HTC has launched the third handset in the One series, revealing its take on the phablet in the HTC One max.
With three devices spanning three sizes - 4.3, 4.7, 5.9-inches - it leaves us looking to the future. Where does HTC take this family from here?
In July 2013 we learnt that HTC was already planning its new flagship, going under the codename of M8.
That follows a sequential numbering system from M7 - codename for the HTC One - but we've yet to see any clue as to what this next-generation device will offer.
READ: HTC One max review
With the 2013 HTC One family out of the way, we've been thinking about where HTC might take its next flagship. Here's how we think it will play out:
The next-gen HTC One (M8) will be launched around spring 2014, close to Mobile World Congress 2014. That's always been the pattern, although HTC broke out and held a separate event on 19 February 2013 in London (and other locations), and we'd expect to see the same thing this year: a flagship launch event for M8.
Flagship smartphone launches are no long events to be tacked on to the side of an industry tradeshow, they are a spectacle in their own right. Just look at Samsung's whacky Broadway SGS4 launch, LG's August launch for the G2. Even Huawei held a dedicated event for the Ascend P6.
HTC knows it got the HTC One design right, so we'd expect the M8 to stick to the same design language, with lovely aluminium bodywork. We'd like to see the colours available instantly though: no one wants to wait for those; it doesn't prolong the excitement for customers.
We rate the HTC One as the best smartphone of 2013, but there's now room to improve the HTC One for the next generation: Qualcomm Snapdragon 800 seems an easy prediction to give the device more power, but we'd like to see HTC squeeze a little more display in too.
Following the excellent 5.2-inch display implementation in the LG G2, we suspect that HTC will be looking to put more display in the next-gen HTC One, perhaps a bump to 5-inches, limited by the desire to keep the BoomSound speakers.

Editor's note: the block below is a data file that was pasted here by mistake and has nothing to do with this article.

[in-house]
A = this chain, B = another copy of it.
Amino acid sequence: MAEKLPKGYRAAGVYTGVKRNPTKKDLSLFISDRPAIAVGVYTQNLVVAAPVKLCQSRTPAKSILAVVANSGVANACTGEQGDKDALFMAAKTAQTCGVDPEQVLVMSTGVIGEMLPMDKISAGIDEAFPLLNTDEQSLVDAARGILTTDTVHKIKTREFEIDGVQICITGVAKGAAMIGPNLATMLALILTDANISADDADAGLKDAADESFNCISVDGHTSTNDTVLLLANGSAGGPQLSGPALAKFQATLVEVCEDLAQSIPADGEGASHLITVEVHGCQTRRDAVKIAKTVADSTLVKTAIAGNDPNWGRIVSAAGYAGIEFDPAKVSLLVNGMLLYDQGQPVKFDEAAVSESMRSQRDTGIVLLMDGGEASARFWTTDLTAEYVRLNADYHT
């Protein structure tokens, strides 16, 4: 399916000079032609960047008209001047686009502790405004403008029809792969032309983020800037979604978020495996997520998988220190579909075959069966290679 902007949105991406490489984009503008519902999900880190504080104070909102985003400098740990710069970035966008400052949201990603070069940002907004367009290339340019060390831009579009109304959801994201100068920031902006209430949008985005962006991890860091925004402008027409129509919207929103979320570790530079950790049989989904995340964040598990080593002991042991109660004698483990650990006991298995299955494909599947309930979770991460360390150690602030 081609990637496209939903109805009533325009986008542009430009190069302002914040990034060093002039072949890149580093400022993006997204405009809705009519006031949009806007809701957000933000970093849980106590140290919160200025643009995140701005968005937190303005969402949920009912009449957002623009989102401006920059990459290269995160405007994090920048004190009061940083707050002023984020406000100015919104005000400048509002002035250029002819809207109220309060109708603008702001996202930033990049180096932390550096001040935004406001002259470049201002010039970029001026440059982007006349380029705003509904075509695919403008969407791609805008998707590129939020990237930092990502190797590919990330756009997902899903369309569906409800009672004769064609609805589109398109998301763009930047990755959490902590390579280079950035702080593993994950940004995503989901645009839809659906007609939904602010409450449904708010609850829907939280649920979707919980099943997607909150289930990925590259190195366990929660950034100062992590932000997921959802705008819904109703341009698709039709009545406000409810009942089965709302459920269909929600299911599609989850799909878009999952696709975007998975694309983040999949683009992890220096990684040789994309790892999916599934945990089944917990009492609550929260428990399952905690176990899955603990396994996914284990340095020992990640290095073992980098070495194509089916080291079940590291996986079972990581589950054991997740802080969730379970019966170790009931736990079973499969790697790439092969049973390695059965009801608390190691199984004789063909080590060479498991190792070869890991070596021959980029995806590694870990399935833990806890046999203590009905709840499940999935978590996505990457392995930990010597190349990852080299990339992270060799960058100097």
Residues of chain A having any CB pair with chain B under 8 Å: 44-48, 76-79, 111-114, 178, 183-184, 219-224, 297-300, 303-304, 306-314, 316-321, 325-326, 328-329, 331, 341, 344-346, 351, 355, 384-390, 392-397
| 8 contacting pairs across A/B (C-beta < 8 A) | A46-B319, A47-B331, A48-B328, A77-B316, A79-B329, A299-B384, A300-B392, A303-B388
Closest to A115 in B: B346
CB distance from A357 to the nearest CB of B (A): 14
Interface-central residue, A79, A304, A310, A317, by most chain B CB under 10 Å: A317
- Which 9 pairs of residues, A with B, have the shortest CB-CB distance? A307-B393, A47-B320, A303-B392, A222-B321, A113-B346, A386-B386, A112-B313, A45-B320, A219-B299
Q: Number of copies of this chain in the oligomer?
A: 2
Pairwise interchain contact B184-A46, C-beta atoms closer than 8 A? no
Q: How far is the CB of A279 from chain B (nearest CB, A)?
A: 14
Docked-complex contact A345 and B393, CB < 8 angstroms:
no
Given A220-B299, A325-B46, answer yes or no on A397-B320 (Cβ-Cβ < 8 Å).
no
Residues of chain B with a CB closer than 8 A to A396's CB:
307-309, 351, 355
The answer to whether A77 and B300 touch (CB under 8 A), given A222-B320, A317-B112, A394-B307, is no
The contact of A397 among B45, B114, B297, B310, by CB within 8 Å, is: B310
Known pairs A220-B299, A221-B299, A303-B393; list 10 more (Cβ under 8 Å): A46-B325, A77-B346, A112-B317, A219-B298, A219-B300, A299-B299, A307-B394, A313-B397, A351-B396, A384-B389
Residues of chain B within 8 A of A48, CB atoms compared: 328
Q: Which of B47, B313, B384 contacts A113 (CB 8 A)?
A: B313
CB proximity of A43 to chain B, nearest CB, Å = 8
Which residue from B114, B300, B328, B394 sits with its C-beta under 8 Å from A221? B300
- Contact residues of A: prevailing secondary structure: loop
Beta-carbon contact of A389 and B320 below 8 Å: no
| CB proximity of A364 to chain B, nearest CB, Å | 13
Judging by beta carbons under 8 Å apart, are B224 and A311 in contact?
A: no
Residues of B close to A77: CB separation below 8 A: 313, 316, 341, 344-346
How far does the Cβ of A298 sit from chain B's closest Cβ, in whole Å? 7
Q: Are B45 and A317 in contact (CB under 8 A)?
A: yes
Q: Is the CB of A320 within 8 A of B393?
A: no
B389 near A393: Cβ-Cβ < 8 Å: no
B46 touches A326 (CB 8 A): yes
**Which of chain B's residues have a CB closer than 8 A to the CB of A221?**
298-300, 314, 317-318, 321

BoomSound gives HTC best-in-class speakers and it would be foolish to ditch it, but it dominates the design around the display. The challenge is to get that display in without swelling the device too much. We think it can be larger, but not by much.
HTC has attracted some criticism for the UltraPixel camera. Making the pixels larger was the right move, but we suspect that next will be a move to make the sensor larger too. Perhaps a modest bump in the total number of pixels, a move up to 8MP, although there's a conflict here: it would look like backtracking on the original thinking and marketing behind UltraPixel.
For the next-gen HTC One mini (the M5?) HTC will stick to the small display, but should address the power issue with current handset. If you look to the Sony Xperia Z1F you'll find all the power in a small package, a device that's physically smaller, but not lesser in other areas. We'd love to see the HTC One mini do the same thing: smaller in the pocket, but just as potent.
As for the next HTC One max (the T7?), we're less sure as we feel it's the weakest of the One family, but again, a boost in internal specs to make it up-to-date at launch would be welcomed. Given how big the current model is, shrinking the display a little might bring lots of benefits: it would be more manageable, smaller, lighter, but still with plenty of display space. Perhaps matching the 5.7-inches of the Note 3?
All these things will cost you though, so if HTC does what we'd like it to, you'll still find the Taiwanese company's handsets to be among the more expensive, but you should be looking at a premium experience across the board.
Of course, this is all speculation at the moment, but we'll bring you all the details as and when we learn them.